Houses in multiple occupation (HMOs)

The Housing Act 2004 placed a statutory duty on local authorities to licence larger higher risk houses of multiple occupation.  The mandatory houses of multiple occupation licensing regime addresses poor management practices and aims to secure a reduction in death and injury from fire and other health and safety hazards, and ensures adequate provision of amenities.  In most local authorities, the responsibility for inspection and licensing of HMOs falls to environmental health practitioners.  

The definition of an HMO in the Housing Act 2004 is complex, but can be summarised as a building (or part of a building) which includes more than one unit of accommodation, and in which the occupiers share basic amenities. The building must be the main residence of the occupiers and they must pay rent (or equivalent).

The CIEH has defined six categories of HMOs:

  1. Houses divided into flats or bedsits where some amenities are shared
  2. Houses occupied on a shared basis where occupiers have rooms of their own
  3. Lodging accommodation where resident landlords let rooms
  4. Hostels, lodging houses, and bed and breakfast hotels
  5. Registered residential hotels
  6. Self contained flats with common parts such as stairways

Most HMOs are in the private rented sector, and provide an important source of accommodation for low income households. Unfortunately, some of the worst housing conditions are to be found in HMOs, including disrepair, inadequate means of escape from fire, lack of basic amenities and unsatisfactory management of such properties.

The number of HMOs has steadily risen since the Act was passed, with a noted acceleration in numbers since the financial crisis of 2008.  The Government, in reply to a Parliamentary Question in March 2014 estimated that the number of HMOs has risen from 381,361 in 2003-4 to 462,693 in 2012-13.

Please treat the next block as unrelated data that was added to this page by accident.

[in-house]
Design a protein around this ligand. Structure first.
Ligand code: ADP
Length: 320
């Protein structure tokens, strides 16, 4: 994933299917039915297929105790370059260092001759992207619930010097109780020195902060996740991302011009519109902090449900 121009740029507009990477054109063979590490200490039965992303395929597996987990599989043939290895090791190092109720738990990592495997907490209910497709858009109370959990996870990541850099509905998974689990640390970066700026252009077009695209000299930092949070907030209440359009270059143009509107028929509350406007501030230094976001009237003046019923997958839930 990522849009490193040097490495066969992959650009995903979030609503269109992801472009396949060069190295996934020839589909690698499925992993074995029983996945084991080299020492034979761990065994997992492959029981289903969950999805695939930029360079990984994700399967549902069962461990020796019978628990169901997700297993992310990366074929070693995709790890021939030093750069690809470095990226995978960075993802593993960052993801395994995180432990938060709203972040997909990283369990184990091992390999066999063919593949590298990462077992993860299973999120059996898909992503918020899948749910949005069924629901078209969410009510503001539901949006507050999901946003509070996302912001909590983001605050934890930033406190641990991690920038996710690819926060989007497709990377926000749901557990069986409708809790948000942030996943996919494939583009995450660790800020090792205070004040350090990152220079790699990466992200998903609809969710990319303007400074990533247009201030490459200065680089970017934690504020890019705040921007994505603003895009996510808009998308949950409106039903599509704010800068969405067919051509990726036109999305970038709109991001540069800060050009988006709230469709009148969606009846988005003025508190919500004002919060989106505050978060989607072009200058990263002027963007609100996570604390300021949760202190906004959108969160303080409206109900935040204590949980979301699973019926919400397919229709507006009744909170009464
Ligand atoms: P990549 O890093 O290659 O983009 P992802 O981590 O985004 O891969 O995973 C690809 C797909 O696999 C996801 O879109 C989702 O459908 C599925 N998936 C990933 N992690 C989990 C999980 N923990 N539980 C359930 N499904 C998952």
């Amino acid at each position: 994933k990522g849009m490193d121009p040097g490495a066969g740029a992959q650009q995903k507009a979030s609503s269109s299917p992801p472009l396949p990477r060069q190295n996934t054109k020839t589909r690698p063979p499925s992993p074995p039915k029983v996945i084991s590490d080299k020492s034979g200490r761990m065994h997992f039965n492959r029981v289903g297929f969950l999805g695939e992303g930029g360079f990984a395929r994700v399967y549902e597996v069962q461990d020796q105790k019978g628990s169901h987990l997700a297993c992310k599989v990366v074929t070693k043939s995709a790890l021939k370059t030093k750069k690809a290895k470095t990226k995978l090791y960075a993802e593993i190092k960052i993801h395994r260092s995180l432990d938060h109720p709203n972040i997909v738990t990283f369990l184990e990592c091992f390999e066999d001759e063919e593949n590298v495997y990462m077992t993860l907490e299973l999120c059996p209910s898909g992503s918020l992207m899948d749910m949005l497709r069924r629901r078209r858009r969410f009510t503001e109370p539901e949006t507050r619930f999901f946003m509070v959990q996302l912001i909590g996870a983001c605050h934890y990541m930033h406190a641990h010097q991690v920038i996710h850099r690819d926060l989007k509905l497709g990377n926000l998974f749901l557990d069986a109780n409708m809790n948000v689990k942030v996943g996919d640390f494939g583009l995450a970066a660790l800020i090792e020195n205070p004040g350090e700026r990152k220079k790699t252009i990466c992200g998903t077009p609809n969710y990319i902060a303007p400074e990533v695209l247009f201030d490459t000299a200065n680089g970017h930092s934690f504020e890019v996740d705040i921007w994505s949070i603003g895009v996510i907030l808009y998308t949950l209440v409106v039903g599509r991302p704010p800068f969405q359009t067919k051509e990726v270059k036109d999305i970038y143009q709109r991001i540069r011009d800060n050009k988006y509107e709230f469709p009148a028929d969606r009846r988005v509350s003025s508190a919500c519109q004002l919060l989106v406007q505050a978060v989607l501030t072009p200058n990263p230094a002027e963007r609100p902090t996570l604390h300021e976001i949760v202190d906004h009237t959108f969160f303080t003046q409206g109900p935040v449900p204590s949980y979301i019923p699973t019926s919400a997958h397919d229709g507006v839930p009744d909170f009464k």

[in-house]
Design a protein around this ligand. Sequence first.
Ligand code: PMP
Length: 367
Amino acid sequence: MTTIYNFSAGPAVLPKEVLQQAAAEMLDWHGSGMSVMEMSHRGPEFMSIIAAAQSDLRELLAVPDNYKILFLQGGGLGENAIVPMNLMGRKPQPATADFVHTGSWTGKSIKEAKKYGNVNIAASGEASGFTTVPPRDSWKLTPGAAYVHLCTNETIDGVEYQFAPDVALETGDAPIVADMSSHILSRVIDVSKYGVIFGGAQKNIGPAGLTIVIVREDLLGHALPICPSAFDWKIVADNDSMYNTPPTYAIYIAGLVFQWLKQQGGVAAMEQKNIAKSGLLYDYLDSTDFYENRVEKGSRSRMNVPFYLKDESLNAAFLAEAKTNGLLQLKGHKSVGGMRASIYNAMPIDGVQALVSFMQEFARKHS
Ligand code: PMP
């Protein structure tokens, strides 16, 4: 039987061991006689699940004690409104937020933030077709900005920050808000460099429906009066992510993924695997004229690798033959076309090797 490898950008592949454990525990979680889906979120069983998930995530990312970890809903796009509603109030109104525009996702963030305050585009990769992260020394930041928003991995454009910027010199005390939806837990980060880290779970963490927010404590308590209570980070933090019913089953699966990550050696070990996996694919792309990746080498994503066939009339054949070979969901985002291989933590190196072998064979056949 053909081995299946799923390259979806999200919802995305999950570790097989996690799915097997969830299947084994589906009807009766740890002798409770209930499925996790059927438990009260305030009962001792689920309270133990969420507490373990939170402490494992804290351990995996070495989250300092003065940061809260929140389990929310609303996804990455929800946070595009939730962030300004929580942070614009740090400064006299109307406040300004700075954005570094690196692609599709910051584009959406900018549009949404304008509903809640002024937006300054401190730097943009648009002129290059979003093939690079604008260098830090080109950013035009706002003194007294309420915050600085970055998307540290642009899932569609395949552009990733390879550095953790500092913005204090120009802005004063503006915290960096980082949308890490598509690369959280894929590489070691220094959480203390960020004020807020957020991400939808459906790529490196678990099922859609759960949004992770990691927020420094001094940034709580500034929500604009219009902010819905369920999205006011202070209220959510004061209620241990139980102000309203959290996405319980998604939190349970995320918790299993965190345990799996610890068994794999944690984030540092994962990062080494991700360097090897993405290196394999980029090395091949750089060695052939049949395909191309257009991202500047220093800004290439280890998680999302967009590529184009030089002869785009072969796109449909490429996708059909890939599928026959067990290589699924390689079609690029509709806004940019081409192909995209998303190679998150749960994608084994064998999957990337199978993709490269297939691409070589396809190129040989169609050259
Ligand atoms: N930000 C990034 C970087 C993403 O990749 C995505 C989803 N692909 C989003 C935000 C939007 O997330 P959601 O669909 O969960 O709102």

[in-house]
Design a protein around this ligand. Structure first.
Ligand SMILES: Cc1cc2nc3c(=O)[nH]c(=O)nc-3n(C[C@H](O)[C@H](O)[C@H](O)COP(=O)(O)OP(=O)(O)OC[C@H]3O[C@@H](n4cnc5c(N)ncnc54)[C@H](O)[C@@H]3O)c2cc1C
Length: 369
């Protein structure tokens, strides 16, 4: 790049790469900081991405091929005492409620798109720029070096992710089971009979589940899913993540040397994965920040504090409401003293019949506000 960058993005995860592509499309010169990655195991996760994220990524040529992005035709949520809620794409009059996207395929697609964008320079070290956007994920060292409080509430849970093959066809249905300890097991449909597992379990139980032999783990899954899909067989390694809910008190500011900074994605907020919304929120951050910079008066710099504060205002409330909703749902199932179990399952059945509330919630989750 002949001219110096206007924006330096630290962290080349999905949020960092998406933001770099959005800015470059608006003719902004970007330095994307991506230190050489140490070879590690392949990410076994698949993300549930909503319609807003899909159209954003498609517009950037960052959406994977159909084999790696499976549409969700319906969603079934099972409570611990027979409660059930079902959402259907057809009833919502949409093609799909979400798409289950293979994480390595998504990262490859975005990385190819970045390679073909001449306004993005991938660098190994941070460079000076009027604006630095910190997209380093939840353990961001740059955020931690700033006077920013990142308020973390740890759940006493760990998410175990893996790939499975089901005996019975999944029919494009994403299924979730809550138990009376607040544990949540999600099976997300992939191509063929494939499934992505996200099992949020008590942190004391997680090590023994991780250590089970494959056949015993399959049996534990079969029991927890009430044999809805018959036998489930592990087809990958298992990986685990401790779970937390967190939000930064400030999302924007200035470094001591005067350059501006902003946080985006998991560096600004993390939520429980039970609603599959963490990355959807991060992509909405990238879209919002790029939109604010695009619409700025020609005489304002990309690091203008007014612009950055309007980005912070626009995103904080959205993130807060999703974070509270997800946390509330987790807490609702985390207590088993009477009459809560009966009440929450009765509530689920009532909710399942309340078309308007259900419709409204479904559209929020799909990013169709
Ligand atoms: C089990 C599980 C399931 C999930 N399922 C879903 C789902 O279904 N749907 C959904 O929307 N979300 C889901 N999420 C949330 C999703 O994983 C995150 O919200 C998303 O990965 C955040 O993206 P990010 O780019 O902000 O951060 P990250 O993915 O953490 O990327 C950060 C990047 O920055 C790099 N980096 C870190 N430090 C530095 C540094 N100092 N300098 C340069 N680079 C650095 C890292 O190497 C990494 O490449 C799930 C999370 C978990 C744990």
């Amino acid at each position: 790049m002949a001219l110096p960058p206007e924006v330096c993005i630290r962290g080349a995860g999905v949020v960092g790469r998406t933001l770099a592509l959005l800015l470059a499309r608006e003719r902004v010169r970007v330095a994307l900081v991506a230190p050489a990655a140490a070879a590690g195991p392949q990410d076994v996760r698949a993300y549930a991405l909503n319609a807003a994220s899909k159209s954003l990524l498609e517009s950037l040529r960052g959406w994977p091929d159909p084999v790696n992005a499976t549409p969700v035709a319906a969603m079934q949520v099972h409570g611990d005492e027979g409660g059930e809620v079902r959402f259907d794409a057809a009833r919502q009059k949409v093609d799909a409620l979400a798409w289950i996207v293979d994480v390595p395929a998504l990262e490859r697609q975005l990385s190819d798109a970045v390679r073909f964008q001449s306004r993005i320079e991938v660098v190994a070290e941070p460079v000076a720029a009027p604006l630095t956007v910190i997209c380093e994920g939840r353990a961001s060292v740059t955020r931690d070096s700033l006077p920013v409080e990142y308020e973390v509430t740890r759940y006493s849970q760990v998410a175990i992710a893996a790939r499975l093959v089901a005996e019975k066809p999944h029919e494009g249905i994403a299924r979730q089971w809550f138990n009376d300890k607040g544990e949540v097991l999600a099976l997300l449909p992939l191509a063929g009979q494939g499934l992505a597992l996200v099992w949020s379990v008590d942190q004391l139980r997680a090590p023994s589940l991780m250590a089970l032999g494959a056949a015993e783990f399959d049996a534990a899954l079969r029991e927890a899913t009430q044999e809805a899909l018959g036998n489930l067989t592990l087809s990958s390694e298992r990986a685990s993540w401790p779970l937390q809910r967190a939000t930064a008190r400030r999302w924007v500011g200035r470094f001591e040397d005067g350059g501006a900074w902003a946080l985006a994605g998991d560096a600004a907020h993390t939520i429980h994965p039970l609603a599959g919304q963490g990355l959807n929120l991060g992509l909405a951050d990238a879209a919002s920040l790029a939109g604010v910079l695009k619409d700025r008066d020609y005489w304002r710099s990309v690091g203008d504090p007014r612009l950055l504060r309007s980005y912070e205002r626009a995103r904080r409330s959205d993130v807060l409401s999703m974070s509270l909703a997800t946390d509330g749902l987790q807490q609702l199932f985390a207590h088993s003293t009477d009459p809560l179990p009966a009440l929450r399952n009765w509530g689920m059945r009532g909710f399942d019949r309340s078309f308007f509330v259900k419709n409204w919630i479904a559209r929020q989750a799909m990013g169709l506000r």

In addition to licensing powers, local authorities are responsible for the Housing Health and Safety Rating System, which provides a risk based evaluation tool for local authorities to identify and protect against potential risks and hazards to health and safety from any deficiencies identified in dwellings.

Local authorities concerned about the number of houses of multiple occupation in their area may issue an Article 4 Direction under the Town and Country Planning Act (General Permitted Development) Order 1995. The effect of issuing an Article 4 Direction is that planning permission must be sought before converting a single use dwelling into an HMO.

HMOs need to be properly managed; problems can occur in common areas, and where facilities are shared but no individual tenant has overall responsibility.

The Housing Act 2004 introduced a mandatory national system of licensing for all HMOs of three storeys or more and five or more occupants. HMO licences last for five years.  Local housing authorities (LHAs) are able to apply to the Secretary of State to extend HMO licensing to other types of HMOs or to specific areas, under certain conditions; this is known as Additional Licensing.  The Act requires LHAs to carry out a survey using the HHSRS within 5 years of the issue of a licence, in order to check whether there are any hazards present which should be dealt with under the rating system.


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